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A Lovely Consolation Prize for Ms. Kennedy?
McHale has been close to Clinton for decades and was an early and prolific fundraiser for the former first lady's presidential bid. During the 2008 campaign cycle, McHale donated $109,600 to Democratic politicians and campaign committees, campaign finance records show.
Wow! Not that good a job.
On Jan. 9, Mark R. Dybul, Bush's global AIDS coordinator, informed his staff via e-mail that he had been asked to stay on for an indeterminate length of time. "I wanted to let you know that I have been asked to rescind my resignation so I will be continuing in the coordinator position beyond the inauguration. Look forward to our continuing work together," he wrote.
But "indeterminate" doesn't mean forever. Doesn't even mean two weeks, in this case. Dybul has been asked to submit his resignation, and he did so effective close of business Wednesday. Our colleague Ceci Connolly notes that he was spotted in jeans telling staffers, "I'm no longer your coordinator."
Latest name to surface as a possible successor: Eric Goosby, an African American Clintonite who headed the Office of HIV/AIDS Policy in the Department of Health and Human Services and is now chief medical officer and CEO of a major AIDS foundation on the Left Coast.
Cheney vs. Bush on Libby
Just one day after leaving the White House, former vice president Dick Cheney publicly broke with his boss of eight years, saying he disagreed with Bush's decision not to pardon convicted felon I. Lewis "Scooter" Libby, Cheney's former chief of staff.
After Libby was convicted of perjury and obstruction of justice for his role in the outing of undercover CIA operative Valerie Plame Wilson to the news media, Bush commuted his prison term, a move he later described as "fair and balanced." But he refused to pardon Libby, a decision that angered many of Bush's supporters -- including, we now know, Cheney.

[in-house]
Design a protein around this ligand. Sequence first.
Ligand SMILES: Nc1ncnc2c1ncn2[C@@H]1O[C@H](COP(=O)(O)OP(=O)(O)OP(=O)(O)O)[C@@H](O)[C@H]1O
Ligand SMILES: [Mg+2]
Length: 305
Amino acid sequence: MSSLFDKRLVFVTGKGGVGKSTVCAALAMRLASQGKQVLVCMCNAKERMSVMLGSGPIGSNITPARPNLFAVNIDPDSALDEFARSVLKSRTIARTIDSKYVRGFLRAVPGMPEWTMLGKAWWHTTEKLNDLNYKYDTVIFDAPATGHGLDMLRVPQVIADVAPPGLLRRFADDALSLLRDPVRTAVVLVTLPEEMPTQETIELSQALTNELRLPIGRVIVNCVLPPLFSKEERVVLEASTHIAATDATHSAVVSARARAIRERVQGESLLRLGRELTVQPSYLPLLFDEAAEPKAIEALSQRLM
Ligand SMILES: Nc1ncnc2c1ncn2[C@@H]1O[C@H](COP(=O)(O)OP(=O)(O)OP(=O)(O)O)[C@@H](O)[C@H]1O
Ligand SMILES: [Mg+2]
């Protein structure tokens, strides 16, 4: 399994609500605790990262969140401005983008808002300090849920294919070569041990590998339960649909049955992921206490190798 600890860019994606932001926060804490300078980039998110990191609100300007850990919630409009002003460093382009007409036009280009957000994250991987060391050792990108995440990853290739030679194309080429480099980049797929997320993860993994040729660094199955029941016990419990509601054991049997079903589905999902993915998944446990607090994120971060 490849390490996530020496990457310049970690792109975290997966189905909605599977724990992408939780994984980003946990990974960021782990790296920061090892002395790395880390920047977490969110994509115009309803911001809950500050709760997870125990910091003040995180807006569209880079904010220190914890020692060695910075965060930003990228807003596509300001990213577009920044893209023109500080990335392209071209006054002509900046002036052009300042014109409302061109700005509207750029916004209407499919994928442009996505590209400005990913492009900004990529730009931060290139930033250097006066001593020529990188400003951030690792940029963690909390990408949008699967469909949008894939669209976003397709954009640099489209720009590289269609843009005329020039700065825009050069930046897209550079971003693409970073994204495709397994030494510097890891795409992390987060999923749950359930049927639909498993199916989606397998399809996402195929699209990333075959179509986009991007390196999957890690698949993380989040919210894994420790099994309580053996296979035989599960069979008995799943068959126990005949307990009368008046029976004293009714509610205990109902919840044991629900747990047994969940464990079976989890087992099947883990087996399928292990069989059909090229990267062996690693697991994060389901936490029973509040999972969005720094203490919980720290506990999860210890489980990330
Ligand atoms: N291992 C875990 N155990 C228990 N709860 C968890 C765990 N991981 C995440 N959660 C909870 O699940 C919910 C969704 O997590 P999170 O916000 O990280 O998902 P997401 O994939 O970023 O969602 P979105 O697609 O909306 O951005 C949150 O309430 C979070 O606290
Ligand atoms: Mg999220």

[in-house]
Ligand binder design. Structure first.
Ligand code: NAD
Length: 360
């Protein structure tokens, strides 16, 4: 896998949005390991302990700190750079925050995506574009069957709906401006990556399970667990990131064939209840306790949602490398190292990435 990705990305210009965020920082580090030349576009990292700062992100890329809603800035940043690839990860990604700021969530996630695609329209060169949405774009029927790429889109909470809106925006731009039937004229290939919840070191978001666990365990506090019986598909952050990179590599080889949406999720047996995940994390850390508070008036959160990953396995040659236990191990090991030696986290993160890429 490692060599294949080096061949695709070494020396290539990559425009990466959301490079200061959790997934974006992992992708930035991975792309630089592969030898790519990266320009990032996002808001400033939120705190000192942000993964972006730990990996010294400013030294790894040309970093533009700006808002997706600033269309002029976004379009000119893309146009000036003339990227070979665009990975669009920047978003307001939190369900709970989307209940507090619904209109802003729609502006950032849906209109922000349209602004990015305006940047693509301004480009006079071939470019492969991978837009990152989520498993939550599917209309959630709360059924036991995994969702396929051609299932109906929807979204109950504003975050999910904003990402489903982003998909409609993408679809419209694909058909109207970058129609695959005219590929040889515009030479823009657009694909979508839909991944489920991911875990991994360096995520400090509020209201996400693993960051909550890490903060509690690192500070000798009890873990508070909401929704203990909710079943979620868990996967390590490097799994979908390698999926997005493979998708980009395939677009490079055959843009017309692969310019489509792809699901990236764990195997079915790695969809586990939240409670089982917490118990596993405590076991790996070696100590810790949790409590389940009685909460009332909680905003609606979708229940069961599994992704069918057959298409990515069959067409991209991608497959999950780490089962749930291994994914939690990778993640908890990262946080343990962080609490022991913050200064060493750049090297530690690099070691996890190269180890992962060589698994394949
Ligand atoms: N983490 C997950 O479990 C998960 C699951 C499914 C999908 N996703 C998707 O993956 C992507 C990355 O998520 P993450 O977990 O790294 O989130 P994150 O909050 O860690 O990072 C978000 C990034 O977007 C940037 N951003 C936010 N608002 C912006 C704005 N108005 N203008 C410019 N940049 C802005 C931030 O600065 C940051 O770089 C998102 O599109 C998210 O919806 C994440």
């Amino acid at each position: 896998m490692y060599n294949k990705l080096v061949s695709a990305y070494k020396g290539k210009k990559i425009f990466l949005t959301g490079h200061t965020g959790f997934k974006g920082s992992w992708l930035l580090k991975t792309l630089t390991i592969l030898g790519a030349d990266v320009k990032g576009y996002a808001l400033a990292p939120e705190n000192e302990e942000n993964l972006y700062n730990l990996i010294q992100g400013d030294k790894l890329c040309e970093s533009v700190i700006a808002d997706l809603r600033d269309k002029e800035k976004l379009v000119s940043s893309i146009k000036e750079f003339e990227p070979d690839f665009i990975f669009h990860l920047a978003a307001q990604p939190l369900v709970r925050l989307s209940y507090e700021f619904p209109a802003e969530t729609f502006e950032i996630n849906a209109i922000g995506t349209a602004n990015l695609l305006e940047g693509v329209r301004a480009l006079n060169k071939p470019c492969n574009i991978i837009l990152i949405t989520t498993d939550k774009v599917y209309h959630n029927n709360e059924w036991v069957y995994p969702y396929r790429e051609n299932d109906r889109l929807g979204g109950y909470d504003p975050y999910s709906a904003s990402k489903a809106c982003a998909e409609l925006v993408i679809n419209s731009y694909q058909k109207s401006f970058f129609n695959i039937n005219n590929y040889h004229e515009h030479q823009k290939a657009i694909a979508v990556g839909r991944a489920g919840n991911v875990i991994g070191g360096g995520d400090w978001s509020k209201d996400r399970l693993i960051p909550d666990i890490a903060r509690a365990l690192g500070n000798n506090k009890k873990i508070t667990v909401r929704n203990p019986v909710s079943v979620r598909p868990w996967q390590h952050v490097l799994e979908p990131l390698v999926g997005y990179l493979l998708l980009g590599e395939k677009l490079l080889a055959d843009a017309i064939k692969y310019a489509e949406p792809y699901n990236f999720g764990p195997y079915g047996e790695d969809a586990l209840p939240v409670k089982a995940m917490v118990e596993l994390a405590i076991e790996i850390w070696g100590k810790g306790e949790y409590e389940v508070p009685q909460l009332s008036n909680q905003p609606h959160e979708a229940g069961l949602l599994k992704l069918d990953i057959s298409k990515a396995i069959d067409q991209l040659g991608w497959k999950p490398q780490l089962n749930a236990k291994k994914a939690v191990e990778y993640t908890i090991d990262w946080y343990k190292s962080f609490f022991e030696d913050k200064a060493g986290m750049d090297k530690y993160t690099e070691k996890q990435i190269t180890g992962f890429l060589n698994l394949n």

In an interview Wednesday with Stephen F. Hayes, a writer for the conservative Weekly Standard and author of a Cheney biography, the former vice president said: "Obviously, I disagree with President Bush's decision."
Cheney added, "Scooter Libby is one of the most capable and honorable men I've ever known. He's been an outstanding public servant throughout his career. He was the victim of a serious miscarriage of justice, and I strongly believe that he deserved a presidential pardon."
On injured reserve: Defense Secretary Robert M. Gates. Seems Gates tore a ligament in his left arm trying to attach a snowplow blade to a tractor in Washington state over the holiday and will have surgery today. He will have to wear a sling for a while, our colleague Ann Scott Tyson reports.
At a news conference yesterday, Gates and Joint Chiefs of Staff Chairman Mike Mullen said that if the law on the "don't ask, don't tell" policy on gays in the military changes, they will comply with the law.
Gates also responded to questions raised by the Senate Armed Services Committee about lobbying work for Raytheon by Obama's nominee for deputy defense secretary, William Lynn.
"People in the transition certainly recognized that it was an issue," Gates said. "And I interviewed Bill Lynn; I was very impressed with his credentials; he came with the highest recommendations of a number of people that I respect a lot. And I asked that an exception be made, because I felt that he could play the role of the deputy in a better manner than anybody else that I saw.
"The White House counsel's office, presidential personnel and our own general counsel's office are in the process," he said, of getting the committee whatever information it needs.
And Now for Something Completely Different
The crowd at Foggy Bottom waited for about 50 minutes in the ornate Benjamin Franklin State Dining Room before Obama, Vice President Biden and Secretary of State Hillary Rodham Clinton came in to unveil special envoys George J. Mitchell and Richard C. Holbrooke. While the guests waited, they listened to musical renditions of "America, the Beautiful" and the Monty Python theme song, also known as "The Liberty Bell March," among other numbers.
Enviros, in "trust-but-verify" mode on new Interior Secretary Ken Salazar, have been much more trusting of late when they're told David J. Hayes, deputy secretary for Bruce Babbitt in the Clinton administration, is to be reprising that role shortly.
With Philip Rucker